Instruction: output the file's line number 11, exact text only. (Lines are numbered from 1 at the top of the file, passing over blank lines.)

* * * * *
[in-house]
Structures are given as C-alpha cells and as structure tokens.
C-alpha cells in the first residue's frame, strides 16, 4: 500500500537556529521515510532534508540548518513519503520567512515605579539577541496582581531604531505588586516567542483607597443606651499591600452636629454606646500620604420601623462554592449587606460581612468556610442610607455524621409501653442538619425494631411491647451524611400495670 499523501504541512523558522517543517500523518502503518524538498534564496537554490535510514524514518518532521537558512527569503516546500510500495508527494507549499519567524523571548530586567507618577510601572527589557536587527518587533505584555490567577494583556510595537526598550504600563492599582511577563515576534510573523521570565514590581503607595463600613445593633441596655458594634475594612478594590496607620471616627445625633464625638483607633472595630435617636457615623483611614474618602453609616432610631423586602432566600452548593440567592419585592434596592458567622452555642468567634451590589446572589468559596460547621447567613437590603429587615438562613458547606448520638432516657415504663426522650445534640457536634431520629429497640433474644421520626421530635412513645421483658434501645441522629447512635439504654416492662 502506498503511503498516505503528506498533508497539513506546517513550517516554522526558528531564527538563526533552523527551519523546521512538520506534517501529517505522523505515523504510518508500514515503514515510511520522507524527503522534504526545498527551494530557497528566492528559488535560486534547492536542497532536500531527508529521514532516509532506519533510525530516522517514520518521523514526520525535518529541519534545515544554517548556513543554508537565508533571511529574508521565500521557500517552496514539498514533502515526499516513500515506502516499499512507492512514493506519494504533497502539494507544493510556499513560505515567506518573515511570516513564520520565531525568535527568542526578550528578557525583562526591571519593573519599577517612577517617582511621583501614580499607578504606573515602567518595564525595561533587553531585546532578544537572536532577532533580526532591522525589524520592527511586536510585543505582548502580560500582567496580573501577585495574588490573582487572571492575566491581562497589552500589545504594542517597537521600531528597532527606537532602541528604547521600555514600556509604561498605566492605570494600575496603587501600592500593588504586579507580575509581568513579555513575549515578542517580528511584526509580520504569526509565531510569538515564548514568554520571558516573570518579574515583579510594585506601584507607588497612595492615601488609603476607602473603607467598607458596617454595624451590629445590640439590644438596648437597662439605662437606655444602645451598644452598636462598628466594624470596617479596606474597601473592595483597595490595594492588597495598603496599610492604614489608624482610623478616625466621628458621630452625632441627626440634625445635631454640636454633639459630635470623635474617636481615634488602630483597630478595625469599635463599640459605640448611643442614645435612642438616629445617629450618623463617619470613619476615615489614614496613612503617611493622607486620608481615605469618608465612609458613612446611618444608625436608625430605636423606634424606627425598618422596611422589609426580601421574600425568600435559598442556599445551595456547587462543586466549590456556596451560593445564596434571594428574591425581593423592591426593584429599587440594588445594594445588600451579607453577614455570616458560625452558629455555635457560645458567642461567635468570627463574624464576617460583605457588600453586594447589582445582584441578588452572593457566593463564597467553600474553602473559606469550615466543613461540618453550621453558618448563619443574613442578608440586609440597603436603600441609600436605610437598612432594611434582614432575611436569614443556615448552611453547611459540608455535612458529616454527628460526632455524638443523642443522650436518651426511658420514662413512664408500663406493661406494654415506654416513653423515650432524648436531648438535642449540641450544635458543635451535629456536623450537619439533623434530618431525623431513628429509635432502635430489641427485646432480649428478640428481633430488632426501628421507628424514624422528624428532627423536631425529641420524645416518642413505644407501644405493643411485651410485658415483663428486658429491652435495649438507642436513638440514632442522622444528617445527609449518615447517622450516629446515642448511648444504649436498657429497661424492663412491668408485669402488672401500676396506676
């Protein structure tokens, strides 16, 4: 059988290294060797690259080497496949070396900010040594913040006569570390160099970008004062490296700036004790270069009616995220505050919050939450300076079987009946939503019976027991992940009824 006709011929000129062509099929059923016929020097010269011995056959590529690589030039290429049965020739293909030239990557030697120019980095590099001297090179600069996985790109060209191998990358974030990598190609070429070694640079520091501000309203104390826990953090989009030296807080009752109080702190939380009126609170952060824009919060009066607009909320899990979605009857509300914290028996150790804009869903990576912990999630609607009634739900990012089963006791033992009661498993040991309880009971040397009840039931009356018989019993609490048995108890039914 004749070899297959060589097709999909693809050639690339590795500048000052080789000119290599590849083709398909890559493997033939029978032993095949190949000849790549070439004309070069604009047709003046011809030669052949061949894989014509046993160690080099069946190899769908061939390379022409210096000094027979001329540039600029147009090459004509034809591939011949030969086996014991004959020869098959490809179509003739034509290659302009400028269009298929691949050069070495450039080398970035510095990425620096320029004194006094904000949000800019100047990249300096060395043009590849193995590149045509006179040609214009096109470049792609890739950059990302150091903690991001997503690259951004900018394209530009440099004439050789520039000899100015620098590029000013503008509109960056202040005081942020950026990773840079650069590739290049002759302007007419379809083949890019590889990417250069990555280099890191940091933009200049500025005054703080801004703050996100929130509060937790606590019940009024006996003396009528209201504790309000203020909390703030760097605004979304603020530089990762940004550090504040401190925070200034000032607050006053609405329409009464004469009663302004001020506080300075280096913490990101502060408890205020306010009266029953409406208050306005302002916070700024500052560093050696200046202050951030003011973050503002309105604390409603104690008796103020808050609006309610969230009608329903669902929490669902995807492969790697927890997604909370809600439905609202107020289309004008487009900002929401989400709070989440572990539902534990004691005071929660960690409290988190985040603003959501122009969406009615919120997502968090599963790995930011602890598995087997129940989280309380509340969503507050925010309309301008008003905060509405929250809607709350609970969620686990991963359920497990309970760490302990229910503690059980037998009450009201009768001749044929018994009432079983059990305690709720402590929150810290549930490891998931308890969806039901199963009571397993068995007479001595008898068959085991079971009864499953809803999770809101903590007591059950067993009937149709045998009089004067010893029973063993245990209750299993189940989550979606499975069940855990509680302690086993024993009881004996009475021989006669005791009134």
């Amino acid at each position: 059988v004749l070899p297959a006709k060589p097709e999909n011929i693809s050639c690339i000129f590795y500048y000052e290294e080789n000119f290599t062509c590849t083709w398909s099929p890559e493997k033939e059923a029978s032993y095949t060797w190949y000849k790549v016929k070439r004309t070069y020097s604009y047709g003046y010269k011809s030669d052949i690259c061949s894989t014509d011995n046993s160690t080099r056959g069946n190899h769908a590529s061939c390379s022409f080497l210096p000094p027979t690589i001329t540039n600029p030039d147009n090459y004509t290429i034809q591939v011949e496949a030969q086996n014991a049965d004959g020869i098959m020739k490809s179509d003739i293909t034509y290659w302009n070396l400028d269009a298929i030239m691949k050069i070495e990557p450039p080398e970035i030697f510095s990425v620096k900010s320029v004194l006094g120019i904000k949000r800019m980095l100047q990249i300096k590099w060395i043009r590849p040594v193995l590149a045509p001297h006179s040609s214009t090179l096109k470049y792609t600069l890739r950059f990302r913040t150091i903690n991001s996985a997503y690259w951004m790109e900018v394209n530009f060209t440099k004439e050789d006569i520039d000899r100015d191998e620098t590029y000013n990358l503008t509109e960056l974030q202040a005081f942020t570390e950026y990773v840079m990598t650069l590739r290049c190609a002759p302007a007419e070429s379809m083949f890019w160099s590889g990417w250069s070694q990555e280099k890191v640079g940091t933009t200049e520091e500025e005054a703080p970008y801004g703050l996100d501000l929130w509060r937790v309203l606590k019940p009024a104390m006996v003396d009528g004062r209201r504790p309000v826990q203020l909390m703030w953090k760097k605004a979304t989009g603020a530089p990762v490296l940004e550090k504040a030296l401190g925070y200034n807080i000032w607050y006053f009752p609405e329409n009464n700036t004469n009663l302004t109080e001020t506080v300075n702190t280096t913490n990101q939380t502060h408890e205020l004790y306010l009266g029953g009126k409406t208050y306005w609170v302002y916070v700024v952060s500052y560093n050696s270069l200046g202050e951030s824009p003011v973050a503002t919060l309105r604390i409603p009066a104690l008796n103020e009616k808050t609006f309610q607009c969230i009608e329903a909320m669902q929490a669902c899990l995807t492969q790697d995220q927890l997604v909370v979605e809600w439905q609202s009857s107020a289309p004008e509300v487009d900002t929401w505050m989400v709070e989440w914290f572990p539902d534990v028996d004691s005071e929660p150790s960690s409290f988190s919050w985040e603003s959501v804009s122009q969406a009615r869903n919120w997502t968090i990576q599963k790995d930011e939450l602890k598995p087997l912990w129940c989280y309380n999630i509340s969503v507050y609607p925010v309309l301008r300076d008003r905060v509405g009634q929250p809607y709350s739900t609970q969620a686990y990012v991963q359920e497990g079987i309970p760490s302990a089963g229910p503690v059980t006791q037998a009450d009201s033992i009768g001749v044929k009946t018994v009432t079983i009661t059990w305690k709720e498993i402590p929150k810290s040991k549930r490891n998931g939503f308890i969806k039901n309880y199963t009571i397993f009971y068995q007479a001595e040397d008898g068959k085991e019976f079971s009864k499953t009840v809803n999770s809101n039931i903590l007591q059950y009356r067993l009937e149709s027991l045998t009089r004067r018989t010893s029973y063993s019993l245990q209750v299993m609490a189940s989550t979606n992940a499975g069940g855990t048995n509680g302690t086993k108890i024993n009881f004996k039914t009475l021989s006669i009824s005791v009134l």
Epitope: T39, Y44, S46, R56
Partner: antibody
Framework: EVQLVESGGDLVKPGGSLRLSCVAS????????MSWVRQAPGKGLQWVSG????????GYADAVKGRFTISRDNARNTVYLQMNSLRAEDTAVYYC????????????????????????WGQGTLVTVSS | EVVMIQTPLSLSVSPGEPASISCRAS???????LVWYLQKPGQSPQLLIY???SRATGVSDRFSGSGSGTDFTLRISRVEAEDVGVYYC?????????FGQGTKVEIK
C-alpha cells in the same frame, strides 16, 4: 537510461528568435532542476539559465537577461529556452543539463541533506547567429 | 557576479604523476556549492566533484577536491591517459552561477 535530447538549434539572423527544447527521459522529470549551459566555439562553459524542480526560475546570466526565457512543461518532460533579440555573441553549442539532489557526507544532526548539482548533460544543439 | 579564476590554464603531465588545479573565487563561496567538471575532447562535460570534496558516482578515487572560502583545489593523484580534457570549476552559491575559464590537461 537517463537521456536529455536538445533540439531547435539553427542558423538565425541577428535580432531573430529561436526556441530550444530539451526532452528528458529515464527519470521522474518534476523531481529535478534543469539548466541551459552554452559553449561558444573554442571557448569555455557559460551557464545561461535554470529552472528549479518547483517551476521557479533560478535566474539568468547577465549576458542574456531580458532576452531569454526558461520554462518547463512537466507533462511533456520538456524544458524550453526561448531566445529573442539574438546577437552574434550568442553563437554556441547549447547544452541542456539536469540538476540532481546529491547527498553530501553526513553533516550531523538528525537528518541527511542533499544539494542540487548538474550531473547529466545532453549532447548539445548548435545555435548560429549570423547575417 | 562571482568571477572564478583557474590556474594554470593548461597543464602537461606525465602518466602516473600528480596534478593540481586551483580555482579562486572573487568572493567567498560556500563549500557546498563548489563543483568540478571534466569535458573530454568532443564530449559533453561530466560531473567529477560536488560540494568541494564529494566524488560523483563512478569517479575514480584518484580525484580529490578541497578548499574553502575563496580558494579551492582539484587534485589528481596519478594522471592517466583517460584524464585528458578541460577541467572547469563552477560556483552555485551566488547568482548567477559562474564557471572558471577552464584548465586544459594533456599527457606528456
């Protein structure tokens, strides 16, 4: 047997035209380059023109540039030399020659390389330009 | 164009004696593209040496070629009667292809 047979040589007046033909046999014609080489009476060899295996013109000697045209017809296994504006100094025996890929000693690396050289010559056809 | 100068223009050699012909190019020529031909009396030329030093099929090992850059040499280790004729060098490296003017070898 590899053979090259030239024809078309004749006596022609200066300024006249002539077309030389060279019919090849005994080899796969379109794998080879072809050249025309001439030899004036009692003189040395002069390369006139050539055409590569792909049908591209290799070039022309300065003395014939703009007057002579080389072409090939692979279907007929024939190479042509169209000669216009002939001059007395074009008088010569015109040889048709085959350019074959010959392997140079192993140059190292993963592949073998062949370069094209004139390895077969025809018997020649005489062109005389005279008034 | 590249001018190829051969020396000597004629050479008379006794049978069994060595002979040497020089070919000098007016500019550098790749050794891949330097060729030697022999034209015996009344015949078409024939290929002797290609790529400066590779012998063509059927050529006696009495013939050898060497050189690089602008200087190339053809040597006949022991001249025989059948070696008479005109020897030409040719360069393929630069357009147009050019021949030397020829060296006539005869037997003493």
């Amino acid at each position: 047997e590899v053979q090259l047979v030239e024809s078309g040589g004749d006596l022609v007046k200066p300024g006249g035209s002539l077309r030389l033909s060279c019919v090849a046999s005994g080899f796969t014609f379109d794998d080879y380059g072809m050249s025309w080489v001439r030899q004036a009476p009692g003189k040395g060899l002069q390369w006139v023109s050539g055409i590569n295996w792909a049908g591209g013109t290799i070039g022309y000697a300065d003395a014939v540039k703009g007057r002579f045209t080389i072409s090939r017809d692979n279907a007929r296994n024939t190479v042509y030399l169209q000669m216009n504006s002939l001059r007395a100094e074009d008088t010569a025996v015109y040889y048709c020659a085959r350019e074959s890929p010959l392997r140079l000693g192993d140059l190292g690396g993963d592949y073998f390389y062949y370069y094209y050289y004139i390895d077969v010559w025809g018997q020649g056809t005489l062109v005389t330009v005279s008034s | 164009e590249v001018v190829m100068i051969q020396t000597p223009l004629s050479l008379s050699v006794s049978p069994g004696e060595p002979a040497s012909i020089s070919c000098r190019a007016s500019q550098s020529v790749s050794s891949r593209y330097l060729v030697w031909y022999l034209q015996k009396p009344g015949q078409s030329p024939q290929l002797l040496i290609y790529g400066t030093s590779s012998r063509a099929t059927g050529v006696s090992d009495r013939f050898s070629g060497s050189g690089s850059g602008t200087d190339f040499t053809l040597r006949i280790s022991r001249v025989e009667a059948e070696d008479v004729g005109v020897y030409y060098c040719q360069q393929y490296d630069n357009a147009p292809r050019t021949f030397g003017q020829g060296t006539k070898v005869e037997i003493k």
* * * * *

């Amino acid at each position: 047997e590899v053979q090259l047979v030239e024809s078309g040589g004749d006596l022609v007046k200066p300024g006249g035209s002539l077309r030389l033909s060279c019919v090849a046999s005994g080899f796969t014609f379109d794998d080879y380059g072809m050249s025309w080489v001439r030899q004036a009476p009692g003189k040395g060899l002069q390369w006139v023109s050539g055409i590569n295996w792909a049908g591209g013109t290799i070039g022309y000697a300065d003395a014939v540039k703009g007057r002579f045209t080389i072409s090939r017809d692979n279907a007929r296994n024939t190479v042509y030399l169209q000669m216009n504006s002939l001059r007395a100094e074009d008088t010569a025996v015109y040889y048709c020659a085959r350019e074959s890929p010959l392997r140079l000693g192993d140059l190292g690396g993963d592949y073998f390389y062949y370069y094209y050289y004139i390895d077969v010559w025809g018997q020649g056809t005489l062109v005389t330009v005279s008034s | 164009e590249v001018v190829m100068i051969q020396t000597p223009l004629s050479l008379s050699v006794s049978p069994g004696e060595p002979a040497s012909i020089s070919c000098r190019a007016s500019q550098s020529v790749s050794s891949r593209y330097l060729v030697w031909y022999l034209q015996k009396p009344g015949q078409s030329p024939q290929l002797l040496i290609y790529g400066t030093s590779s012998r063509a099929t059927g050529v006696s090992d009495r013939f050898s070629g060497s050189g690089s850059g602008t200087d190339f040499t053809l040597r006949i280790s022991r001249v025989e009667a059948e070696d008479v004729g005109v020897y030409y060098c040719q360069q393929y490296d630069n357009a147009p292809r050019t021949f030397g003017q020829g060296t006539k070898v005869e037997i003493k």